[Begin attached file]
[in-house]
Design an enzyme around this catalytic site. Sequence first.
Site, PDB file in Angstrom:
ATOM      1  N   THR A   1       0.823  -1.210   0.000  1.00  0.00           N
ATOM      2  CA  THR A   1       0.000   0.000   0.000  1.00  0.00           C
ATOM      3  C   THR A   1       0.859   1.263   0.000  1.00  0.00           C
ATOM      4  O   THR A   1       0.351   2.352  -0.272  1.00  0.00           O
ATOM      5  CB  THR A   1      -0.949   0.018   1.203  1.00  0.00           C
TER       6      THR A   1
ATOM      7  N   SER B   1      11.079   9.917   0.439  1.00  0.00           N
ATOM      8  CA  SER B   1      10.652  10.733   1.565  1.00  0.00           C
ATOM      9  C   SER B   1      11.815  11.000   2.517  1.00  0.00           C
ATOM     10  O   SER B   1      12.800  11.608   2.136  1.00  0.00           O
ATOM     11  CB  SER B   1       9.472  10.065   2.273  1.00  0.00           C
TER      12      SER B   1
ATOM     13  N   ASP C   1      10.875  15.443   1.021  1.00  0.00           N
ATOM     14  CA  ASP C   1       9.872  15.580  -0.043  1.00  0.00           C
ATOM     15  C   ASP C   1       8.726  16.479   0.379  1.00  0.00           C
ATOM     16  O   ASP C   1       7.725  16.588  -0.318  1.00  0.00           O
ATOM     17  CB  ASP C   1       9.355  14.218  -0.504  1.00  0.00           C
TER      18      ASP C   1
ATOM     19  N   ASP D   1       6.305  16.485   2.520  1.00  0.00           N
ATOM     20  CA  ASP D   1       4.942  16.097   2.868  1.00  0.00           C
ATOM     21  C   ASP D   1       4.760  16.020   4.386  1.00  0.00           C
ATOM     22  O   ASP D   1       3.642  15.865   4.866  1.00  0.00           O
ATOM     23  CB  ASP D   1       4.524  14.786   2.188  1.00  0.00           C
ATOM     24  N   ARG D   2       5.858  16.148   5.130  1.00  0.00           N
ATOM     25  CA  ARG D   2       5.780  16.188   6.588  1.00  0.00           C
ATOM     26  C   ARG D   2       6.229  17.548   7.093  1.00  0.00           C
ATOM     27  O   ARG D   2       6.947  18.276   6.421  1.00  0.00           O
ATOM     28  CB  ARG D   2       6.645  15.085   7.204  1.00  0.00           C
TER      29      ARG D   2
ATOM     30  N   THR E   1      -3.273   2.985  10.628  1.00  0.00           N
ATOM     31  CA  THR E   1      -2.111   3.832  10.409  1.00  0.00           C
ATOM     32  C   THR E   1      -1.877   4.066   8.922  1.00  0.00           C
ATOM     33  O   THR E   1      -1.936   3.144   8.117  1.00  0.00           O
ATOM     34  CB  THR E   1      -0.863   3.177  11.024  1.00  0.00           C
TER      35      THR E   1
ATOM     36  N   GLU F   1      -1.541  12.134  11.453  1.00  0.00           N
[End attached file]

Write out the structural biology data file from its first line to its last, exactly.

[in-house]
Design an enzyme around this catalytic site. Sequence first.
Site, PDB file in Angstrom:
ATOM      1  N   THR A   1       0.823  -1.210   0.000  1.00  0.00           N
ATOM      2  CA  THR A   1       0.000   0.000   0.000  1.00  0.00           C
ATOM      3  C   THR A   1       0.859   1.263   0.000  1.00  0.00           C
ATOM      4  O   THR A   1       0.351   2.352  -0.272  1.00  0.00           O
ATOM      5  CB  THR A   1      -0.949   0.018   1.203  1.00  0.00           C
TER       6      THR A   1
ATOM      7  N   SER B   1      11.079   9.917   0.439  1.00  0.00           N
ATOM      8  CA  SER B   1      10.652  10.733   1.565  1.00  0.00           C
ATOM      9  C   SER B   1      11.815  11.000   2.517  1.00  0.00           C
ATOM     10  O   SER B   1      12.800  11.608   2.136  1.00  0.00           O
ATOM     11  CB  SER B   1       9.472  10.065   2.273  1.00  0.00           C
TER      12      SER B   1
ATOM     13  N   ASP C   1      10.875  15.443   1.021  1.00  0.00           N
ATOM     14  CA  ASP C   1       9.872  15.580  -0.043  1.00  0.00           C
ATOM     15  C   ASP C   1       8.726  16.479   0.379  1.00  0.00           C
ATOM     16  O   ASP C   1       7.725  16.588  -0.318  1.00  0.00           O
ATOM     17  CB  ASP C   1       9.355  14.218  -0.504  1.00  0.00           C
TER      18      ASP C   1
ATOM     19  N   ASP D   1       6.305  16.485   2.520  1.00  0.00           N
ATOM     20  CA  ASP D   1       4.942  16.097   2.868  1.00  0.00           C
ATOM     21  C   ASP D   1       4.760  16.020   4.386  1.00  0.00           C
ATOM     22  O   ASP D   1       3.642  15.865   4.866  1.00  0.00           O
ATOM     23  CB  ASP D   1       4.524  14.786   2.188  1.00  0.00           C
ATOM     24  N   ARG D   2       5.858  16.148   5.130  1.00  0.00           N
ATOM     25  CA  ARG D   2       5.780  16.188   6.588  1.00  0.00           C
ATOM     26  C   ARG D   2       6.229  17.548   7.093  1.00  0.00           C
ATOM     27  O   ARG D   2       6.947  18.276   6.421  1.00  0.00           O
ATOM     28  CB  ARG D   2       6.645  15.085   7.204  1.00  0.00           C
TER      29      ARG D   2
ATOM     30  N   THR E   1      -3.273   2.985  10.628  1.00  0.00           N
ATOM     31  CA  THR E   1      -2.111   3.832  10.409  1.00  0.00           C
ATOM     32  C   THR E   1      -1.877   4.066   8.922  1.00  0.00           C
ATOM     33  O   THR E   1      -1.936   3.144   8.117  1.00  0.00           O
ATOM     34  CB  THR E   1      -0.863   3.177  11.024  1.00  0.00           C
TER      35      THR E   1
ATOM     36  N   GLU F   1      -1.541  12.134  11.453  1.00  0.00           N